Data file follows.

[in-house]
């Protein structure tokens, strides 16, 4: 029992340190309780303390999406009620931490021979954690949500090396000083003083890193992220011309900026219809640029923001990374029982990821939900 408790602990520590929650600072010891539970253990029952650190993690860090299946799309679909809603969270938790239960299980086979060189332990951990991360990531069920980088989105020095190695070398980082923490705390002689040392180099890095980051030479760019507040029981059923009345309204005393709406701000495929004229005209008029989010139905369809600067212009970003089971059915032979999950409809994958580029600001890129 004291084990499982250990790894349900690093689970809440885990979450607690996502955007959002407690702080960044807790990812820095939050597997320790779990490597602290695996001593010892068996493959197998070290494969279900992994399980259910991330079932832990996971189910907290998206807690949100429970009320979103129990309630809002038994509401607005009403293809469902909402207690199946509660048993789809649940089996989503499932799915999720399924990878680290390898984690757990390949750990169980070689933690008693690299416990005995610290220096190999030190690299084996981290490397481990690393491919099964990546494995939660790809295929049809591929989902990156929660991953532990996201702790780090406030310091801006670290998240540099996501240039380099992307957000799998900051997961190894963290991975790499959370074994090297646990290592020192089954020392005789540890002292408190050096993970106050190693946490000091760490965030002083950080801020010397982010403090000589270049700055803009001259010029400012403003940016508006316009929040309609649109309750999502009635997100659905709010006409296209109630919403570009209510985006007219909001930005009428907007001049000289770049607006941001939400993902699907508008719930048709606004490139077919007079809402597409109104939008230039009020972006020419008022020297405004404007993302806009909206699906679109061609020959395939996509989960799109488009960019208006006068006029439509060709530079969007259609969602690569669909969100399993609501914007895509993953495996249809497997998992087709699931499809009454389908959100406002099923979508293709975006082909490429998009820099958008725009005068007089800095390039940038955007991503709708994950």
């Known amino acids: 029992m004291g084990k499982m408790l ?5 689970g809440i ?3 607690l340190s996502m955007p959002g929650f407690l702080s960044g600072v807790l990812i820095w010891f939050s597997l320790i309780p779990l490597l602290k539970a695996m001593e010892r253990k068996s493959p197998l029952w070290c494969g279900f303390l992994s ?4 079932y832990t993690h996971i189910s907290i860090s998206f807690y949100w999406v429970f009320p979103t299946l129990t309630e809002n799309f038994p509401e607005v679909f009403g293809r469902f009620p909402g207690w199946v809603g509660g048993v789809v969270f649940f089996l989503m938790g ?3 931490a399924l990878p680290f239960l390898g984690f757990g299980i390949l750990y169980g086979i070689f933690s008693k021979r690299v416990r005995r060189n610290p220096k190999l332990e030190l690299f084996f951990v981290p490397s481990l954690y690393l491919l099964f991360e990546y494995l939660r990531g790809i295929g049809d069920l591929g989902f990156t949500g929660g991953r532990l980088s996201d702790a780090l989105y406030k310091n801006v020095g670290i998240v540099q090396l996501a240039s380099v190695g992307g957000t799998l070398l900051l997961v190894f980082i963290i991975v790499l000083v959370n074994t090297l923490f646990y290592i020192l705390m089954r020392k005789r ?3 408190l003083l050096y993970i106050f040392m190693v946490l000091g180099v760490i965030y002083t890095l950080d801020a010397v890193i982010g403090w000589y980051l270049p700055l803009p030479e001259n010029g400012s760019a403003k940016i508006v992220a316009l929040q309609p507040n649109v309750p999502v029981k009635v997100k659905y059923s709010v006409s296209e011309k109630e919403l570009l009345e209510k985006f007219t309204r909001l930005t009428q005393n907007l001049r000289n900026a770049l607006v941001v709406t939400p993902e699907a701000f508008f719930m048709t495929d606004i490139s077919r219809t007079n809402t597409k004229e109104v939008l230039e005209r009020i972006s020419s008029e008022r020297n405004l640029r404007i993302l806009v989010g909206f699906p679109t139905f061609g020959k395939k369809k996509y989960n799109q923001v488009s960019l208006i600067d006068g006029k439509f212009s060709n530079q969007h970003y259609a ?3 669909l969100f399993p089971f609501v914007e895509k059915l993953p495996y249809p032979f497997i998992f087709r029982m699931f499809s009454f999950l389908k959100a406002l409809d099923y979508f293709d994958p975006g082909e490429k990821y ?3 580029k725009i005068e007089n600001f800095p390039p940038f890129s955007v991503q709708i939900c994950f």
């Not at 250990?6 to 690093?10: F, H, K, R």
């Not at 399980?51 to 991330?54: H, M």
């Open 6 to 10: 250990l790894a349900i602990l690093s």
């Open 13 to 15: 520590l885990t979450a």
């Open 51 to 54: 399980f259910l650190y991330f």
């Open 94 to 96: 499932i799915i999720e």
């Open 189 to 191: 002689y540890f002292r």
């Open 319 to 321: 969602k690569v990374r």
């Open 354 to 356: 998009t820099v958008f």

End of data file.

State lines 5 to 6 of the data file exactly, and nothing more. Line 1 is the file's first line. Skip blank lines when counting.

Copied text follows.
């Not at 399980?51 to 991330?54: H, M």
């Open 6 to 10: 250990l790894a349900i602990l690093s």